The Secretary of State claims on her website and in her circulars that she wants to involve the widest range of stakeholders in the preparations for Johannesburg, yet she has refused to meet me or, I understand, the Conservative shadow Secretary of State. She does not want to involve Back Benchers in the process, but she will be taking four schoolchildren with her as part of the Government delegation to Johannesburg. If the Secretary of State is serious and we share common values, should she not, like her counterparts in many other countries, take a broad delegation and ensure that we are all consulted and that this House has a real say in the agenda? She has shown no interest in involving the House in that way.
Attached to the motion is a reference to the report of the Select Committee on Environmental Audit. I thank the Committee for its helpful report. Its verdict on the Government is mixed, as is mine. The Committee welcomes the Prime Minister's planned attendance but
Specifically, the Committee calls on the Government to generate some enthusiasm for the event. I suggest that it is the lack of a clear explanation of why a large delegation is going to Bali that has attracted adverse criticism and undermined whatever case the Government wanted to make. Most people would be astonished to hear of this trip, but they would not have been if the ground had been prepared and an explanation given to show that this is a major event.
Ian Lucas (Wrexham): Is the hon. Gentleman suggesting that if a full explanation had been given to the press reporting these matters, they would have given as much information to the public about the true purpose of the visit as we would all like?
Malcolm Bruce: My point is that it would have helped if the Secretary of State had explained to the House why she was going. She could then have benefited from pointing out that we had had a debate about it.
We accept that the Government have recorded some important achievements in shifting the balance of resources to poorer countries. We want to give acknowledgement and credit where it is due. The Chancellor's debt reduction initiative has rightly attracted wide support from the public and international agencies. The UK's aid record is better than that of many countries, and at least the commitment to a 0.7 per cent. target is welcome, although, like the Environmental Audit Committee, we would like a firm timetable as to when that will be achieved.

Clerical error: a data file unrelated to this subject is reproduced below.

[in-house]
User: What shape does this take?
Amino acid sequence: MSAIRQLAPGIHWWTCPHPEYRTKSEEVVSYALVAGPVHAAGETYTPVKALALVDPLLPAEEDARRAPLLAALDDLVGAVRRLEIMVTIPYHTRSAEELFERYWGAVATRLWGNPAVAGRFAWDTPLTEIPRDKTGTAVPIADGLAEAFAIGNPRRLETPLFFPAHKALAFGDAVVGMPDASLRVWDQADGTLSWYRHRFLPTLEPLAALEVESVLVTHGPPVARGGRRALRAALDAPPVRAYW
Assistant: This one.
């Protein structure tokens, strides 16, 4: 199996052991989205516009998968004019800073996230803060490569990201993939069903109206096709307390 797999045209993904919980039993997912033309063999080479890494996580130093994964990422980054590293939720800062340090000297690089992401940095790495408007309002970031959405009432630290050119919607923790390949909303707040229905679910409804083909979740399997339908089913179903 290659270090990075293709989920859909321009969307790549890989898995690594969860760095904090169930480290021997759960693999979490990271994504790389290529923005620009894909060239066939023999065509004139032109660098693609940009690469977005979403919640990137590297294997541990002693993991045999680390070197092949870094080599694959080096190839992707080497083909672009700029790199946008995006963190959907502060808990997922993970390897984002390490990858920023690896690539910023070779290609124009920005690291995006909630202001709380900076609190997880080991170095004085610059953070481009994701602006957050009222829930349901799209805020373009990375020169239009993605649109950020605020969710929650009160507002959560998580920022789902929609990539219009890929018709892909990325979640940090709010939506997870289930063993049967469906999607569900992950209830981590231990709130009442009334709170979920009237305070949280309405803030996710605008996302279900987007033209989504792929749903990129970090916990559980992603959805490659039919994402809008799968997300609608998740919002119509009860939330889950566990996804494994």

Of course, we support the commitment made by the Secretary of State, in one of only two statements that she has made to the House since her appointment, to ratify the Kyoto protocol. However, we are not so sanguine about the Government achieving the target and are critical that it is based on a "business as usual" approach following the dash for gas. It does not include a radical drive towards serious emission reductions as a result of innovative policies. This, in the Liberal Democrats' view, is a central issue. We have put the environment at the heart of our thinking. Environmental policies were a green thread through our manifesto. We gained credit from a number of agencies for the priority that we gave these matters.
We also believe that it has proved to be a mistake to make environment and transport the responsibilities of separate Departments, given the need to reduce vehicle emissions and the congestion that makes the problem worse. It is also strange that DEFRA, the Department responsible for implementing the Kyoto protocol, does not have the lead on energy policy, which is crucial to achieving the protocol.